SAW 5 Trailer analysis
0:08 seconds. At the start of the trailer we have a very zoomed out long shot of a mans head lit up in a glass box. He is in the centre of the frame, and the rest of the frame is pitch black dark, giving off the feeling of vulnerability and danger. Black and dark scenes are very stereotypical of horror films and are often used. We can see Bathes enigma code because straight away the audience are questioning, why is he there? Why has this man got a box around his head? Therefore the audience are engaging with the trailer and want to watch more to relieve their thoughts. From watching previous Saw movies, the audience already know that it is a horror genre film.
0:13 seconds. The shot of the mans head then fades out to blackness, again creating tension and suspension for the audience. The text ‘His Message Is Right’ then appears on the screen. Again the enigma code is created as the audience are questioning, what is the message? Who is ‘he’? Again this makes the audience want to carry on watching the trailer or even the film to see if they can work it out. Binary oppositions of Levis Strauss is also used here, as we have the contrast of the yellow writing against the black background. This colour scheme is very typical of a horror genre. The fact that the text fades in and out of the darkness also gives off a sense of mystery and adventure.
For the next three of four seconds the camera starts to zoom in on the males face, giving the audience slightly more of a clear look at the situation the man is in. The light is still focused on the males head and he is still surrounded by blackness. The audience are kept in suspense as they are still questioning why he is there. Keeping the audience in suspense is very typical of a horror genre movie trailer.
0:21 seconds. Again another piece of text comes up on the screen saying ‘His Love Is Everlasting’. Binary oppositions are used again here as we can see the white/yellow text on the dark black background. The same colour scheme is used throughout the trailer to help maintain the theme of horror.
The next 10 seconds are also very similar to what has just happened, again zooming in further on the males face where we can see that he is either asleep or passed out inside the box. It is unusual to see a male figure as the victim in this case, as you would normally expect a vulnerable female to be in danger. He has blood on the side of his face which shows that he must be in some kind of danger.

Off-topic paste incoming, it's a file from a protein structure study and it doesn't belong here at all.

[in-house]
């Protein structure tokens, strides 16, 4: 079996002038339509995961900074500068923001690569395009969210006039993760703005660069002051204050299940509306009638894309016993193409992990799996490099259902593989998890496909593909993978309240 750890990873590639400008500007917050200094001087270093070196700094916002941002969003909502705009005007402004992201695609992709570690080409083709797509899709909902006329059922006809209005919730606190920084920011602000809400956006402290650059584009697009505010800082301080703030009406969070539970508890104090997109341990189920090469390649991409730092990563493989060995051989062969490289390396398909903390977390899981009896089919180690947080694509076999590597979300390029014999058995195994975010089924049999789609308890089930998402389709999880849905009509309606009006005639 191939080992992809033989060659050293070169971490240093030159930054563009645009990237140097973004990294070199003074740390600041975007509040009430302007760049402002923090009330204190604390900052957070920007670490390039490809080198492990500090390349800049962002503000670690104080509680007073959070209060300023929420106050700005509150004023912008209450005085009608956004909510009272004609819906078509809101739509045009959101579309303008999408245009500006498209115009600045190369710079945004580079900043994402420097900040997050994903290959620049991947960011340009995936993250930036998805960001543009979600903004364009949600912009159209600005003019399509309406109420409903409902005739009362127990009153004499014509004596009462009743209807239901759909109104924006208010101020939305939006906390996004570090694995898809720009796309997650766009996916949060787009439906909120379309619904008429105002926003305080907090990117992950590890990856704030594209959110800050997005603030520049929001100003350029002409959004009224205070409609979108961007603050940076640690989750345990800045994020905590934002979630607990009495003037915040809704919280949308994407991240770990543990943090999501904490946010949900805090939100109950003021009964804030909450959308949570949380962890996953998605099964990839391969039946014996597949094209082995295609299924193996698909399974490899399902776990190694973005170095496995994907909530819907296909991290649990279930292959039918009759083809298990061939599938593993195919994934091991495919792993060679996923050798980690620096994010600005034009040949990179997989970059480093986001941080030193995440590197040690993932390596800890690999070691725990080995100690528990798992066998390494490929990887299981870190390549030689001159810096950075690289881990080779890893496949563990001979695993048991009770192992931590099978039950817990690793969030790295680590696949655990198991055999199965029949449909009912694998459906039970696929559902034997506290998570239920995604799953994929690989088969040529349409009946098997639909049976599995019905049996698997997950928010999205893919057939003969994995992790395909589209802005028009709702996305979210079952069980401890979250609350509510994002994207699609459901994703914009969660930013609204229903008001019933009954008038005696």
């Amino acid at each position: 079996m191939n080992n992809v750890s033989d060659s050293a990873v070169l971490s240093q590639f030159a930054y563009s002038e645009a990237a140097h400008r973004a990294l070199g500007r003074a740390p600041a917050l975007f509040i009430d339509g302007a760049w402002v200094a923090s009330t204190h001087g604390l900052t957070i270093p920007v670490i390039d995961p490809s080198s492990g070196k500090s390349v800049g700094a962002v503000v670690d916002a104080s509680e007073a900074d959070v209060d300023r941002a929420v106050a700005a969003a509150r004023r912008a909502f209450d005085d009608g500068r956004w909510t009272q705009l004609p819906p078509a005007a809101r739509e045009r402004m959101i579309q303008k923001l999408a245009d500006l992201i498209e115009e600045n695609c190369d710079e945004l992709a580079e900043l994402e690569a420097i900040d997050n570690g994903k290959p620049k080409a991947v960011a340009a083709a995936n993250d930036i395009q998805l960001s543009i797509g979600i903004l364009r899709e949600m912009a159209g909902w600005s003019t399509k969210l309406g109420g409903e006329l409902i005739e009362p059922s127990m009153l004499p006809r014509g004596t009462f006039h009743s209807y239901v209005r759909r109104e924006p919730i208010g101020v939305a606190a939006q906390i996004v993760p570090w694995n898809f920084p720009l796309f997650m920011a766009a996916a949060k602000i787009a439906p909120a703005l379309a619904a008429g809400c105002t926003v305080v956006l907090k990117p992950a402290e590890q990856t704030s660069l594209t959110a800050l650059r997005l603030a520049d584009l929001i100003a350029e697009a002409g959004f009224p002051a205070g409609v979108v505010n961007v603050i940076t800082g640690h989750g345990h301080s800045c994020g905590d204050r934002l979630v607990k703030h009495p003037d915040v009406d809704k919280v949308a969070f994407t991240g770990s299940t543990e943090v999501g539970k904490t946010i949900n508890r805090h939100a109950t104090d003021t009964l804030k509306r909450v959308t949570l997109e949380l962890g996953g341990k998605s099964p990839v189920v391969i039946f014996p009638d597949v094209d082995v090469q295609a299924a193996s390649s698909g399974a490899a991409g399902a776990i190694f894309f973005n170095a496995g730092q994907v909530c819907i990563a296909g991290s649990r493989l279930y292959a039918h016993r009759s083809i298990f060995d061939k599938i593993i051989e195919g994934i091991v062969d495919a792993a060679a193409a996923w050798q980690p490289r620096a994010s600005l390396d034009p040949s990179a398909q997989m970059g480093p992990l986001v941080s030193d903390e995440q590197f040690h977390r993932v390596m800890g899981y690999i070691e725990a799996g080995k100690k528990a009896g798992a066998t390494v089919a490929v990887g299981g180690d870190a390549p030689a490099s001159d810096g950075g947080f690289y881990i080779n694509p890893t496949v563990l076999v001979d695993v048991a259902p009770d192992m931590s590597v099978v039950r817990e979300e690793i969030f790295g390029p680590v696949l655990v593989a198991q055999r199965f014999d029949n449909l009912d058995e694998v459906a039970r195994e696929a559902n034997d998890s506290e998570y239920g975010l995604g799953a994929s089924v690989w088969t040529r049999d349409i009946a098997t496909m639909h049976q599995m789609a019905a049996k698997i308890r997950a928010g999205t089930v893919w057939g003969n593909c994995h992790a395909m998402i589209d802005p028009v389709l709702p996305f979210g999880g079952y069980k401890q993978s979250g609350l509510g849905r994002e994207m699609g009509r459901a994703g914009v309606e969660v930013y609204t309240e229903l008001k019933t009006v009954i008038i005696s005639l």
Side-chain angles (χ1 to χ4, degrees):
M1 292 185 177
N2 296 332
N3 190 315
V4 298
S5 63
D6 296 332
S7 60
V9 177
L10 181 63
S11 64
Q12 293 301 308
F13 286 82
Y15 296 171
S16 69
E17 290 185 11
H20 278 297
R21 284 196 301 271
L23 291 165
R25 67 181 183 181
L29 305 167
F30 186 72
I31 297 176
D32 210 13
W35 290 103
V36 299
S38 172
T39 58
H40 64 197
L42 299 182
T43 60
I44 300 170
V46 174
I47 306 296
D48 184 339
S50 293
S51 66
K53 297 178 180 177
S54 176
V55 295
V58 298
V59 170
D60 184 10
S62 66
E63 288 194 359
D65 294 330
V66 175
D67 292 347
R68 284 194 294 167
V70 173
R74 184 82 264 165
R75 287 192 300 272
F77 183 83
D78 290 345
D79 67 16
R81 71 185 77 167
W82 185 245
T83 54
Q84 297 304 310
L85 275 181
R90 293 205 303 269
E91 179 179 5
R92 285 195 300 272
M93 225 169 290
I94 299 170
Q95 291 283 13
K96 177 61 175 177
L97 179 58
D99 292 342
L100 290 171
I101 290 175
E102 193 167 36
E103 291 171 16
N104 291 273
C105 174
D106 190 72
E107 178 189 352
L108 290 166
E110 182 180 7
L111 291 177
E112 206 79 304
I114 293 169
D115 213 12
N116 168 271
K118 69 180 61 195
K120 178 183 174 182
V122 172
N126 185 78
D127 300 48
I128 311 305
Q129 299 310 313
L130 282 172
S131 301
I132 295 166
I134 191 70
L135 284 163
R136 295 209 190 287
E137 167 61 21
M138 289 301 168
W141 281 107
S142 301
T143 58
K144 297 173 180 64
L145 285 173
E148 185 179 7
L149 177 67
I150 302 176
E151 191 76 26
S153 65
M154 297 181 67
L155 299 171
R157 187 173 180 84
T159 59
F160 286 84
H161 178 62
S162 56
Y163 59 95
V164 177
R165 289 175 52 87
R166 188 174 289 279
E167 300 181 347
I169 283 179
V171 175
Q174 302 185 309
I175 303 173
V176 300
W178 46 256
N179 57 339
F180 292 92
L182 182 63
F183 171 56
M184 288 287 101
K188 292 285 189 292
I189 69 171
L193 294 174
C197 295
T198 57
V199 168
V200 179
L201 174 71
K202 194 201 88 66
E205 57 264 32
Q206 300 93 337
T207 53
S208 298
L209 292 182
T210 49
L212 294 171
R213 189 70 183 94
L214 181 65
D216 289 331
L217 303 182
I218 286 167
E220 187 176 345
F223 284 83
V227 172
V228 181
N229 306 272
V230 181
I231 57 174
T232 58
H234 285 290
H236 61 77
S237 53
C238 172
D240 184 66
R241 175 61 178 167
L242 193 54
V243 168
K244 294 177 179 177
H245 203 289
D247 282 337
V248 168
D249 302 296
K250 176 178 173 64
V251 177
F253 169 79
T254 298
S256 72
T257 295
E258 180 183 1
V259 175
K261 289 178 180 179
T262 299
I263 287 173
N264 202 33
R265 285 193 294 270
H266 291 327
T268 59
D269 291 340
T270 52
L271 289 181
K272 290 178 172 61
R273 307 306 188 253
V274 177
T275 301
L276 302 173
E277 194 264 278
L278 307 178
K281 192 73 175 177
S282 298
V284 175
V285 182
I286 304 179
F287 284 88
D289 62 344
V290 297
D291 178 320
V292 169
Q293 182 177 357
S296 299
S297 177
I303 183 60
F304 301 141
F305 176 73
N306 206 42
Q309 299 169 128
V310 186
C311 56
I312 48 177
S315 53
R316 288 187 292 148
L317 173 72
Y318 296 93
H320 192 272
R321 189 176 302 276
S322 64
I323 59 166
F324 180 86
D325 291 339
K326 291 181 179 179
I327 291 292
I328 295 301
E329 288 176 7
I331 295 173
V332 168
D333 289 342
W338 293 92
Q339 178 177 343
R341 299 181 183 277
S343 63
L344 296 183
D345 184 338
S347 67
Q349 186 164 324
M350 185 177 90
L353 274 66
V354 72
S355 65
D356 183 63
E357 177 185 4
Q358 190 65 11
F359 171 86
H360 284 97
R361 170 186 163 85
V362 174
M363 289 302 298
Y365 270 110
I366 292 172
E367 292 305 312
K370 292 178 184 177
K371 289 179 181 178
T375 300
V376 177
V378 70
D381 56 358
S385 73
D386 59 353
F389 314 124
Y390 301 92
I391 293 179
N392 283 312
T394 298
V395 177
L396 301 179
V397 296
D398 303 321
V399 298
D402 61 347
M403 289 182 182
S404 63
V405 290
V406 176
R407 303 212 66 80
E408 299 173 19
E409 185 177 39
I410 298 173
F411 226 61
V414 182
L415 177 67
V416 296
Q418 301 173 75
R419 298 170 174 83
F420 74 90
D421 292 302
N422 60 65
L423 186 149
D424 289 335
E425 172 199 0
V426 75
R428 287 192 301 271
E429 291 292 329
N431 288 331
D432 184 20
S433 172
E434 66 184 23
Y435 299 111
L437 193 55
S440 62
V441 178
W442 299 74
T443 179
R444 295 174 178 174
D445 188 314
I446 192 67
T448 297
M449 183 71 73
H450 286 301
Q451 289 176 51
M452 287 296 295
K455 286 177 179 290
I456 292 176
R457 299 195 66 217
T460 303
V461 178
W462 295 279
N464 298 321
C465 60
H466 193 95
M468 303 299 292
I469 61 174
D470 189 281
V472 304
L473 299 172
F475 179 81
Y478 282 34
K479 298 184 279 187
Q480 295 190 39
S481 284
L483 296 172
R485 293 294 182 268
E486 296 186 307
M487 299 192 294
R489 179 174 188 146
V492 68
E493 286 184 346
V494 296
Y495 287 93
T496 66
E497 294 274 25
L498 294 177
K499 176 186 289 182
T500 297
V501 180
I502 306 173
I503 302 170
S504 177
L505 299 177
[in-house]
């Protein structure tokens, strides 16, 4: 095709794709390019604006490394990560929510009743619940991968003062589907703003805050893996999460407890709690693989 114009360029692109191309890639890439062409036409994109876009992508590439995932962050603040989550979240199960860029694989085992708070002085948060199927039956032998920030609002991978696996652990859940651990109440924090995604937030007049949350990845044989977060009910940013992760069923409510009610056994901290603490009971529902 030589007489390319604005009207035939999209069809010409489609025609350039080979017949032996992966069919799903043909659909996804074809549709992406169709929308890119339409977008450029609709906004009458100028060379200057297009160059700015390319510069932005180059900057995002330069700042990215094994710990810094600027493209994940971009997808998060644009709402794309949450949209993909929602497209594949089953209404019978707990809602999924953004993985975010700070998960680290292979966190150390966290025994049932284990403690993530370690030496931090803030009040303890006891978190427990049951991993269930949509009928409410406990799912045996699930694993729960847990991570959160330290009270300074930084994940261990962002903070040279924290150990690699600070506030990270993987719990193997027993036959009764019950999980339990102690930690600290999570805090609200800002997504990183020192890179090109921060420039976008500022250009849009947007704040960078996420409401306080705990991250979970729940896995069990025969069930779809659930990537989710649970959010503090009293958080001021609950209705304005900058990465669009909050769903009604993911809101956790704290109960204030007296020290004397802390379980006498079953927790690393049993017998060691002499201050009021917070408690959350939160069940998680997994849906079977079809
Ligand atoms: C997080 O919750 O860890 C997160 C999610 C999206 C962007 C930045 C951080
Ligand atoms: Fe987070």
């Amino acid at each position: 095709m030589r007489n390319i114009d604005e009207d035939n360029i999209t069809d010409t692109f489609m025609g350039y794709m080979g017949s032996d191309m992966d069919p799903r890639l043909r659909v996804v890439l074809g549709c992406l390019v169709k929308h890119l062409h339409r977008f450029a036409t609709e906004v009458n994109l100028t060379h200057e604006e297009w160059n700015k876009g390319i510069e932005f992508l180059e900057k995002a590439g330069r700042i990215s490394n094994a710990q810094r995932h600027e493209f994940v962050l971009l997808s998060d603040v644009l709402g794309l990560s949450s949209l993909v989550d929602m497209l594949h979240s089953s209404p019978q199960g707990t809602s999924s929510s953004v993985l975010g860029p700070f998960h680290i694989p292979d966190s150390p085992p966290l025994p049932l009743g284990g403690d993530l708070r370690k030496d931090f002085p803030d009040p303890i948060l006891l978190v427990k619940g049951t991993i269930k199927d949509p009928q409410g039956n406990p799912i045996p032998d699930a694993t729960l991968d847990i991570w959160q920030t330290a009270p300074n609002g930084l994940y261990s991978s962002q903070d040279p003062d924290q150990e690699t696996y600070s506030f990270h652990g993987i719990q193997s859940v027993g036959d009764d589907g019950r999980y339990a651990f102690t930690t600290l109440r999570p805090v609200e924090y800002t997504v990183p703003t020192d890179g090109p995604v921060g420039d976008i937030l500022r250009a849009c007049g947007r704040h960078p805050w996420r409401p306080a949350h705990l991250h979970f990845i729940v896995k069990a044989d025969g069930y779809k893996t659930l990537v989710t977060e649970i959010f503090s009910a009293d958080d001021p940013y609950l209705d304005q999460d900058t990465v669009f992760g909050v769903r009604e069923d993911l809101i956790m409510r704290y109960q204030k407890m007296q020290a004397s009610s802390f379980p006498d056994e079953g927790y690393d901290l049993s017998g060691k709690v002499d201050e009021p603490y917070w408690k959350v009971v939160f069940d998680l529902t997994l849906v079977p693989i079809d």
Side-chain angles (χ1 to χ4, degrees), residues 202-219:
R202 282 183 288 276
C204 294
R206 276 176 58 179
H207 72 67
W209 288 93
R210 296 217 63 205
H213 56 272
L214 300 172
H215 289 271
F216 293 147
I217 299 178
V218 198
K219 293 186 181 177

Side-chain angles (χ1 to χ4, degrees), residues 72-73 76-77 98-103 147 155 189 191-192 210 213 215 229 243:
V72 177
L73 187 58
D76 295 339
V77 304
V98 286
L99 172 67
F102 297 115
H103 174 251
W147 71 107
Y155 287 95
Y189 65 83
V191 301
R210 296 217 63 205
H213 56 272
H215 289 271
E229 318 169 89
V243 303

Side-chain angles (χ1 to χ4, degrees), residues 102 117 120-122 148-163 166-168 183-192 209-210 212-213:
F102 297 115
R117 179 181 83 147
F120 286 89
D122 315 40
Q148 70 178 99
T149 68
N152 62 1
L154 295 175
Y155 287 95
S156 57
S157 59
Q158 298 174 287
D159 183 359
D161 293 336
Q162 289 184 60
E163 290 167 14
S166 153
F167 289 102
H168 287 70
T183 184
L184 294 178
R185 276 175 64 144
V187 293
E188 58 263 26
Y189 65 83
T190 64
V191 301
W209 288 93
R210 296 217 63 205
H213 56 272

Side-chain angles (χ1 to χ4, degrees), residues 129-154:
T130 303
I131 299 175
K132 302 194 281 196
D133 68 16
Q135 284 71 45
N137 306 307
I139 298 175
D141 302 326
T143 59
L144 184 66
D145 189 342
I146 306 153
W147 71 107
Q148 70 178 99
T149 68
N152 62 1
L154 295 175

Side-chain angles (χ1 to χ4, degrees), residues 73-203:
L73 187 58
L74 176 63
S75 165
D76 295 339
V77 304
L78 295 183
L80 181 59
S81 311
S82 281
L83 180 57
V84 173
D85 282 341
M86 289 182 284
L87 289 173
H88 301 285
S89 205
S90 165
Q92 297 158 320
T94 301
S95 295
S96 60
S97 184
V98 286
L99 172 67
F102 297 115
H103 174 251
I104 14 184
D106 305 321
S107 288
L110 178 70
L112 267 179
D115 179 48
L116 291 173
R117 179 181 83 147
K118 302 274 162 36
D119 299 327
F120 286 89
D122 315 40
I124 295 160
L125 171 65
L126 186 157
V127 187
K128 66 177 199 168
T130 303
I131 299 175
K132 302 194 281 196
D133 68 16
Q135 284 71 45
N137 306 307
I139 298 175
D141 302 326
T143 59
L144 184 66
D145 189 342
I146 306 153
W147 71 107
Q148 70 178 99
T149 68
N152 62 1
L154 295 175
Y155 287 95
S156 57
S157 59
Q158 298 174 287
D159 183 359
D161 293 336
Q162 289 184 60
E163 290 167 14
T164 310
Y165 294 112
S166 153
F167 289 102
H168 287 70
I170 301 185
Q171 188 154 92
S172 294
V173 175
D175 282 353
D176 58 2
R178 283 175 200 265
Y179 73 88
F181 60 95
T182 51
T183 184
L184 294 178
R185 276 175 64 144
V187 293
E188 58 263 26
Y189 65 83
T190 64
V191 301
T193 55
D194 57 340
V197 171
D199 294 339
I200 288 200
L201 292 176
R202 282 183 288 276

0:33 seconds. Then we hear a diegetic sound of a mans voice saying ‘hello’. It is the voice of a male with a very deep husky voice. This gives away some identity of the villan without actually showing anything of what he looks like. This adds mystery and danger to the trailer, which is very stereotypical of the horror genre. Again the enigma code is used as the audience will want to find out who this mystery person is. Immediately after we hear the word ‘hello’ there is a loud bang in the music, and the expression on the males face suddenly becomes very shocked and scared. This is designed to make the audience jump, as tension has been building throughout the trailer.
The background music from that point on remains very loud and screechy, giving away the genre of the film and to show the amount of danger the man is actually in. You can hear him shouting and screaming and pulling at the box around his head. The traumatized expression on his face and his aggressive movements tell the audience that he is in a lot of danger, but we still don’t know why. Again the audience question, what is that box doing to that man? Why is he screaming? Another example of an enigma code. We still can’t clearly see what is surrounding him as the background colour is kept very dark. This will also make the audience want to watch the film, to find out the actual situation the man is in. The camera shots are very quick and jumpy to create excitement, action and also danger and horror. The fact that the film is released during Halloween also significantly adds to the horror aspect of the film, and you now associate SAW films with horror and Halloween.